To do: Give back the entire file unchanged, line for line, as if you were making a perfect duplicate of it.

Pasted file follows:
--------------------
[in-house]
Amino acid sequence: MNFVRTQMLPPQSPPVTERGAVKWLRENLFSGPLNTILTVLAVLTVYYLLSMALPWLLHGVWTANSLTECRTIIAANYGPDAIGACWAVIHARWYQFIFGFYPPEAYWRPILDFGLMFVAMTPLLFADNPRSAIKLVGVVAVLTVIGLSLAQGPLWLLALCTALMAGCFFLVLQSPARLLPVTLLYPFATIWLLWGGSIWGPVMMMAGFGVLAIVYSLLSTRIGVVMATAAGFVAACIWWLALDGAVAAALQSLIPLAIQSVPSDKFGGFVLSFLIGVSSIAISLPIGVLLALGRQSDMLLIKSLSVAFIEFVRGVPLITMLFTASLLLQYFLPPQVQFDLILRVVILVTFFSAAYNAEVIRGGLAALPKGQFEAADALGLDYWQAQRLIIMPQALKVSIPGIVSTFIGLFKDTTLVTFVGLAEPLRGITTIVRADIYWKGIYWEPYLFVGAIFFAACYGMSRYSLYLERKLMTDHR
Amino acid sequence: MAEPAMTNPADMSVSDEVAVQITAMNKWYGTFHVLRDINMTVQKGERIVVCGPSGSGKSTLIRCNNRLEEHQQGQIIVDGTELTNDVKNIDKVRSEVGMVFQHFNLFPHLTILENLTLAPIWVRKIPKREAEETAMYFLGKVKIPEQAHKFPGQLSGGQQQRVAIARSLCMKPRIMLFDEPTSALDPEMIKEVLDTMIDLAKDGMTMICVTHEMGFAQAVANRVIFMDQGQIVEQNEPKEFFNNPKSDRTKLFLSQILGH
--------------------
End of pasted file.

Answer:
[in-house]
Amino acid sequence: MNFVRTQMLPPQSPPVTERGAVKWLRENLFSGPLNTILTVLAVLTVYYLLSMALPWLLHGVWTANSLTECRTIIAANYGPDAIGACWAVIHARWYQFIFGFYPPEAYWRPILDFGLMFVAMTPLLFADNPRSAIKLVGVVAVLTVIGLSLAQGPLWLLALCTALMAGCFFLVLQSPARLLPVTLLYPFATIWLLWGGSIWGPVMMMAGFGVLAIVYSLLSTRIGVVMATAAGFVAACIWWLALDGAVAAALQSLIPLAIQSVPSDKFGGFVLSFLIGVSSIAISLPIGVLLALGRQSDMLLIKSLSVAFIEFVRGVPLITMLFTASLLLQYFLPPQVQFDLILRVVILVTFFSAAYNAEVIRGGLAALPKGQFEAADALGLDYWQAQRLIIMPQALKVSIPGIVSTFIGLFKDTTLVTFVGLAEPLRGITTIVRADIYWKGIYWEPYLFVGAIFFAACYGMSRYSLYLERKLMTDHR
Amino acid sequence: MAEPAMTNPADMSVSDEVAVQITAMNKWYGTFHVLRDINMTVQKGERIVVCGPSGSGKSTLIRCNNRLEEHQQGQIIVDGTELTNDVKNIDKVRSEVGMVFQHFNLFPHLTILENLTLAPIWVRKIPKREAEETAMYFLGKVKIPEQAHKFPGQLSGGQQQRVAIARSLCMKPRIMLFDEPTSALDPEMIKEVLDTMIDLAKDGMTMICVTHEMGFAQAVANRVIFMDQGQIVEQNEPKEFFNNPKSDRTKLFLSQILGH